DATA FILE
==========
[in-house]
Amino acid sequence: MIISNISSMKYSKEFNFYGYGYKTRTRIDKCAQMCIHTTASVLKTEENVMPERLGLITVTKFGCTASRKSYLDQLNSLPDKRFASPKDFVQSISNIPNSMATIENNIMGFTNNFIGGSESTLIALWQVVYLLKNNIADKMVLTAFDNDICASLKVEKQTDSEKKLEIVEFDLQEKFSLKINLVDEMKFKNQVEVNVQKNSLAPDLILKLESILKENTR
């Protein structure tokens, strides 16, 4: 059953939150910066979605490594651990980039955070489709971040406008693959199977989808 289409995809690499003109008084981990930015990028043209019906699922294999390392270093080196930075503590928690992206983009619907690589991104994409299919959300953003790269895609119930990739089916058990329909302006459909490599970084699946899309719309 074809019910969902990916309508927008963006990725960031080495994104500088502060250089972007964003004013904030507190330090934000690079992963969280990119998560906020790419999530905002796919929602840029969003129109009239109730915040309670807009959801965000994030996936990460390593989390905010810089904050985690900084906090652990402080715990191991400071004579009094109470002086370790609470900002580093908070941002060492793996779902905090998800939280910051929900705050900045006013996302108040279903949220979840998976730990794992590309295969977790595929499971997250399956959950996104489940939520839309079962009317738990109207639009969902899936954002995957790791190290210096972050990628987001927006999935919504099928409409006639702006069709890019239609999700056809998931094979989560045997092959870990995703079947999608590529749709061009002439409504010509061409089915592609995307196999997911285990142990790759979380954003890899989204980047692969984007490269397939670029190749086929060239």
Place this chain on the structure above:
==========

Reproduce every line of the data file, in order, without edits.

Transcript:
[in-house]
Amino acid sequence: MIISNISSMKYSKEFNFYGYGYKTRTRIDKCAQMCIHTTASVLKTEENVMPERLGLITVTKFGCTASRKSYLDQLNSLPDKRFASPKDFVQSISNIPNSMATIENNIMGFTNNFIGGSESTLIALWQVVYLLKNNIADKMVLTAFDNDICASLKVEKQTDSEKKLEIVEFDLQEKFSLKINLVDEMKFKNQVEVNVQKNSLAPDLILKLESILKENTR
């Protein structure tokens, strides 16, 4: 059953939150910066979605490594651990980039955070489709971040406008693959199977989808 289409995809690499003109008084981990930015990028043209019906699922294999390392270093080196930075503590928690992206983009619907690589991104994409299919959300953003790269895609119930990739089916058990329909302006459909490599970084699946899309719309 074809019910969902990916309508927008963006990725960031080495994104500088502060250089972007964003004013904030507190330090934000690079992963969280990119998560906020790419999530905002796919929602840029969003129109009239109730915040309670807009959801965000994030996936990460390593989390905010810089904050985690900084906090652990402080715990191991400071004579009094109470002086370790609470900002580093908070941002060492793996779902905090998800939280910051929900705050900045006013996302108040279903949220979840998976730990794992590309295969977790595929499971997250399956959950996104489940939520839309079962009317738990109207639009969902899936954002995957790791190290210096972050990628987001927006999935919504099928409409006639702006069709890019239609999700056809998931094979989560045997092959870990995703079947999608590529749709061009002439409504010509061409089915592609995307196999997911285990142990790759979380954003890899989204980047692969984007490269397939670029190749086929060239």
Place this chain on the structure above: